and there are more things that are disappointing and annoying for me. but i don't want to dwell on them. if they annoy me enough, then i need to talk to somebody about changes - whether the change needs to be my attitude or my expectations or whether the change can happen elsewhere. but otherwise i'll try to focus on what is life-giving about community here.

for this, too, is a good picture of life here: a friend from the community went to the hospital today with heart problems. and it was great to see how much the community came together to reach out to him and his wife and children. it was obvious, too, that we were all grateful to hear that he's doing better.

and after chapel, a bunch of us were sitting around. daniël and i were talking about what we were doing this weekend and what we wanted to do. he mentioned how much he loved "hints" (a game of charades) and would really like to play that this weekend. and after a bit of random chatting, Petra got up and started acting. and so a group of us played. and we laughed. and the joy of having this unexpected fun together - as well as making space for each other, being able to be fully ourselves, and being spontaneous - reminded me again that this is where i want to be - and this is how i want to live my life. and so when i picture life in community, this is the picture i want to paint most - because it is the picture of how i want more and more to live my life.

14 November 2007

being able to exercise my love for teaching

one of the things i've missed in moving to Amsterdam has been the opportunities for teaching that i'd built up over the years in Grand Rapids. not that i really miss grading Hebrew quizzes, but i do miss being able to tutor people in Hebrew, mentor college students, help international students with their english for term papers, lead small groups, and even get to teach my own class a couple of times. getting to teach in a few months (and now having the time and energy to start prepping for the classes) has helped take away some of this disappointment of not knowing how to use my love for teaching here. but besides language and cultural challenges, not being able to use my gift and love of teaching is probably one of the hardest things i find in living here - and it is probably the biggest question i have in how long i will stay here.

and yet this week, i've been given a lot of teaching moments. i got to share my research on postmodern Christianity with someone here who has to write a paper on the effect of postmodernity on Christianity. i got to share my knowledge and wonder of "new monasticism" with somebody for whom this seemed to be a great possibility for her desire to take time off from studying and do some service ministry. i got to wonder about the significance of temple prostitution in ancient near Eastern cultures and about what the LORD's banning this in Israel revealed about Him. i get to teach two class periods on the Confessions of Jeremiah - and i can do and teach whatever i want provided we look at the text!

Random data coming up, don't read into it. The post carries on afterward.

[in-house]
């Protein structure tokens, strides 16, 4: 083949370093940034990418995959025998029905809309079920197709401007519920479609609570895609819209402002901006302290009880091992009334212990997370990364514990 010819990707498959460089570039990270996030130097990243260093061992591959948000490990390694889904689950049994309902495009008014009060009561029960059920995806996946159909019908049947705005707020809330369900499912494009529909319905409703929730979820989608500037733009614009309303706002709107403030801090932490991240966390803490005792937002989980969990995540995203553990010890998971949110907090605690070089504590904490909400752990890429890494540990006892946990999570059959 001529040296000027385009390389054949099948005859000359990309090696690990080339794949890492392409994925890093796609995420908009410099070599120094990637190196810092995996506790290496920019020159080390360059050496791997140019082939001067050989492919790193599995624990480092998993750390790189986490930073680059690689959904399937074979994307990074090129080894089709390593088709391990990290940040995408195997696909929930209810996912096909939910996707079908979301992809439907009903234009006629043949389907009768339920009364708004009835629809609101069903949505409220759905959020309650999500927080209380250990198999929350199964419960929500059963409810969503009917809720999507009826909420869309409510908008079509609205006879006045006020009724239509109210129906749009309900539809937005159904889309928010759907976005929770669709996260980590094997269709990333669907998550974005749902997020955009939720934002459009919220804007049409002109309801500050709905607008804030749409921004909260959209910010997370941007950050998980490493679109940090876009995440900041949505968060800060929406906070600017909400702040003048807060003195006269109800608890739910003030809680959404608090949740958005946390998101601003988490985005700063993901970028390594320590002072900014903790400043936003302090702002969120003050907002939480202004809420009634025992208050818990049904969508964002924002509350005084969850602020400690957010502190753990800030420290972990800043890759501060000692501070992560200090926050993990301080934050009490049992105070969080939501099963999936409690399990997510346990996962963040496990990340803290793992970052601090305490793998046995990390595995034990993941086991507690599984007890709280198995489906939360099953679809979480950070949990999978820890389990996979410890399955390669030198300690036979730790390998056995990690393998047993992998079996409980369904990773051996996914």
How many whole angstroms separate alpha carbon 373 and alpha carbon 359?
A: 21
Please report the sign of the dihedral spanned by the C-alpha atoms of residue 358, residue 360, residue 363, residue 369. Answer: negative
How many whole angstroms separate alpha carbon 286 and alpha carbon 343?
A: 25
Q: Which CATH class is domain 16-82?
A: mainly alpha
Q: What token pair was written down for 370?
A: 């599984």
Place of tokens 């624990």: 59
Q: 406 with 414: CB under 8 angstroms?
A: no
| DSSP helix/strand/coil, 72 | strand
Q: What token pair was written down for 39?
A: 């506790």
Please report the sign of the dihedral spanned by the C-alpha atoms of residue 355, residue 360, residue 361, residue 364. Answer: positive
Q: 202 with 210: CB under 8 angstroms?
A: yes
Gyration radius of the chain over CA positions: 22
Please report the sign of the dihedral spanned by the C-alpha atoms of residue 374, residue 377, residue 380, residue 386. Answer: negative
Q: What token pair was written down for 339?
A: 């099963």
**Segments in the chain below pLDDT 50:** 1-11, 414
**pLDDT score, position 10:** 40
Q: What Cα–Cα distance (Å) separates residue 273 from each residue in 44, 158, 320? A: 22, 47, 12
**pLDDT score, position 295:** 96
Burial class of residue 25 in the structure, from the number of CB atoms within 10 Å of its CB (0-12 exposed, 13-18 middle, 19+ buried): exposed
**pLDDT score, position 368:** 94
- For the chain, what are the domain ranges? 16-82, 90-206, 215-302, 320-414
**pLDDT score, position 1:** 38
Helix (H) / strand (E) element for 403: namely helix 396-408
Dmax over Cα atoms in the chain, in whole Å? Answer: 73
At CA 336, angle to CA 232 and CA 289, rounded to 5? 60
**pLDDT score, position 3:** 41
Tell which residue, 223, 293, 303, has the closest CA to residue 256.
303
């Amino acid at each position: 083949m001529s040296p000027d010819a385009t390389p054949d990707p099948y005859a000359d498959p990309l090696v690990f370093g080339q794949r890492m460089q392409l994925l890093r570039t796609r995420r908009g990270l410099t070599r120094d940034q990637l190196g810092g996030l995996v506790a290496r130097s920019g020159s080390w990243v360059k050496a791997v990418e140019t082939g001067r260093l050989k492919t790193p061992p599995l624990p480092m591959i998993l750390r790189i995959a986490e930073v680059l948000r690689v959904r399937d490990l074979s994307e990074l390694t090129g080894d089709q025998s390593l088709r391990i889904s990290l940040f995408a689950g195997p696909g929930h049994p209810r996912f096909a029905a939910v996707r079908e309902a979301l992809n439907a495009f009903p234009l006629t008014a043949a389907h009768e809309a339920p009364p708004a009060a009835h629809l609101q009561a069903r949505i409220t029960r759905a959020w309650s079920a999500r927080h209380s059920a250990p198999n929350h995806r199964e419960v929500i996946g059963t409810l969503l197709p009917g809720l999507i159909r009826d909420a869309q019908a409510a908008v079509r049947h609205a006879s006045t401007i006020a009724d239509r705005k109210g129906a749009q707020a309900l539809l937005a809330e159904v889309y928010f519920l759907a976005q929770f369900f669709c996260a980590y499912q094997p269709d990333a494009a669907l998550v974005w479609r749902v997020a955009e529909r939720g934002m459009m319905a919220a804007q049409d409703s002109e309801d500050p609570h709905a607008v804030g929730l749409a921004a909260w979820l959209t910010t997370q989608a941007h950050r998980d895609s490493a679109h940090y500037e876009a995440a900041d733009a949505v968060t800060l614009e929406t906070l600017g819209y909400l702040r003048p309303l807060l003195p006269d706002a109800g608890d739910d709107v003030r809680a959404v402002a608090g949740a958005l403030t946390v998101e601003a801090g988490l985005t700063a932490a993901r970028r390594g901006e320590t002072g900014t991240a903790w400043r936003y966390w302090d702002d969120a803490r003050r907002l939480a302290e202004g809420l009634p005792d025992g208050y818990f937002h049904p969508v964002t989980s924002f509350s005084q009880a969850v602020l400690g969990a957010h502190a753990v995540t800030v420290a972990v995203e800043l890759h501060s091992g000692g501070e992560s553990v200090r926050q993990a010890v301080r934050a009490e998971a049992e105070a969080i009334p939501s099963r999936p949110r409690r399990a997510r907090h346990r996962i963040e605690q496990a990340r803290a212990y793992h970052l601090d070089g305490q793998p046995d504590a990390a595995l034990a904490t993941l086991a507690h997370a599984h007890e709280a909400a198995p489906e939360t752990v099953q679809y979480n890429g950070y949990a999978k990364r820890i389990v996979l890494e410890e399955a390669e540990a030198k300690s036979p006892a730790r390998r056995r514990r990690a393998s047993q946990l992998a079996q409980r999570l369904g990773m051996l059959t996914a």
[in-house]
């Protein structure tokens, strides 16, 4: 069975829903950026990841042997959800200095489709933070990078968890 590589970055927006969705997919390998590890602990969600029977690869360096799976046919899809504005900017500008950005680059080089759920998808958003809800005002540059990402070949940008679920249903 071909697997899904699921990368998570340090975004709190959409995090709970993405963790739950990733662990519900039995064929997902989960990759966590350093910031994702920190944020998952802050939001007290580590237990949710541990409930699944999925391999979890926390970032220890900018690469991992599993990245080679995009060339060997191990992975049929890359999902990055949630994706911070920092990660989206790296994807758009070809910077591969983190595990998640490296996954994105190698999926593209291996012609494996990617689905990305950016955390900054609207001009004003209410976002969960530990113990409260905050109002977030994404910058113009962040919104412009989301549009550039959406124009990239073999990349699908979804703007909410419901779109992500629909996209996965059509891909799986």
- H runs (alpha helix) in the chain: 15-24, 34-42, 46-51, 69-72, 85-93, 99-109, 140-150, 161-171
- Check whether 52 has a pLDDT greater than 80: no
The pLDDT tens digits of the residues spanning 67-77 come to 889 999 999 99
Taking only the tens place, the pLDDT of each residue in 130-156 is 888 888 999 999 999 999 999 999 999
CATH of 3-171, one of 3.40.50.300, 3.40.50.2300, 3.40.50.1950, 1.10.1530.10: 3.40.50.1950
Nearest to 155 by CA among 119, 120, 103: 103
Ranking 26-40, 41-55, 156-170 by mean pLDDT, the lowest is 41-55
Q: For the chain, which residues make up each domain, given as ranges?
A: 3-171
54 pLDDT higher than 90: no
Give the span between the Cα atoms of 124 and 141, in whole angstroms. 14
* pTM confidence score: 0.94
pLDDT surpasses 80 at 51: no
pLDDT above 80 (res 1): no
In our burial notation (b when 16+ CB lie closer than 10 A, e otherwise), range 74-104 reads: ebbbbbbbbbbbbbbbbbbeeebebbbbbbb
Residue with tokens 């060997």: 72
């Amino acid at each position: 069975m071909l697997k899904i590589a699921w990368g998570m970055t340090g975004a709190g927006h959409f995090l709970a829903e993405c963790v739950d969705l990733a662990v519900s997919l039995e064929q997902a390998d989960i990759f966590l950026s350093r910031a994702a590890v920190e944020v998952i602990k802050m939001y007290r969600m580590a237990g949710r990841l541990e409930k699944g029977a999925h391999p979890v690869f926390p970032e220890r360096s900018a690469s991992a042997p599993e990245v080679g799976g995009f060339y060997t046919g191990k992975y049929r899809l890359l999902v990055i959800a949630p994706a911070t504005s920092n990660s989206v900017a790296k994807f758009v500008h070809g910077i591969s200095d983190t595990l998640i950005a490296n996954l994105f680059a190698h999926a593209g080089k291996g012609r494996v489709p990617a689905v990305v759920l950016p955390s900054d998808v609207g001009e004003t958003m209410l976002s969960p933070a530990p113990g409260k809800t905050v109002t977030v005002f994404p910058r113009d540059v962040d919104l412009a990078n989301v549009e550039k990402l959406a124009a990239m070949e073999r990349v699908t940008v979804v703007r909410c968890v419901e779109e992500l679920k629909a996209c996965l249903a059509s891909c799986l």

as i've been reminded more in the last couple of days of the nuisance and pain that can be caused by the reality that my choices and way of living affects other's lives and vice versa, i am thankful for being reminded of the joy that using my gifts and being myself can be a blessing to others. what makes each teaching moment special is the feeling of how my joy and excitement over the topic (and getting to share it) gets combined with the excitement and interest and experiences and knowledge of the other person, so that we are both (all) enriched by the experience.

04 November 2007

the joy of sunday mornings

on sunday mornings, i lay in bed a bit longer. but eventually i get out and shower and piddle around - read a bit, think a bit, pray a bit, and get ready for the day.

breakfast isn't until 8:45 - and i don't even have to go if i don't want to. but i do want to, because on sundays we have some kind of special cheese and eggs and bacon and juice and coffee and so on. and we sit around longer.

and after breakfast, i help out with the dishes. because i know i have the time - and some people have to hurry to get ready for church. and then most of the house goes off to church at 9:45 and i don't have church until 11, so i have the house to myself.

and so i take over the piano in the living room - and play as much as i want, as loud as i want, and sing if i want. and just generally delight in the fact that it is sunday morning and on sundays i have no "have to"s.

instead, on the best of sundays, the whole day is open. and i get to spend it with people i love - but i don't have to - so i can also sit in my room and read. and i get to go to church - and even if sometimes i don't always want to - i know that i get to - and that going to church is one way that i can be more able to meet God.

and on sunday mornings, it is easier to be peaceful and joyful and hopeful. and so i savor them as being a gift of God.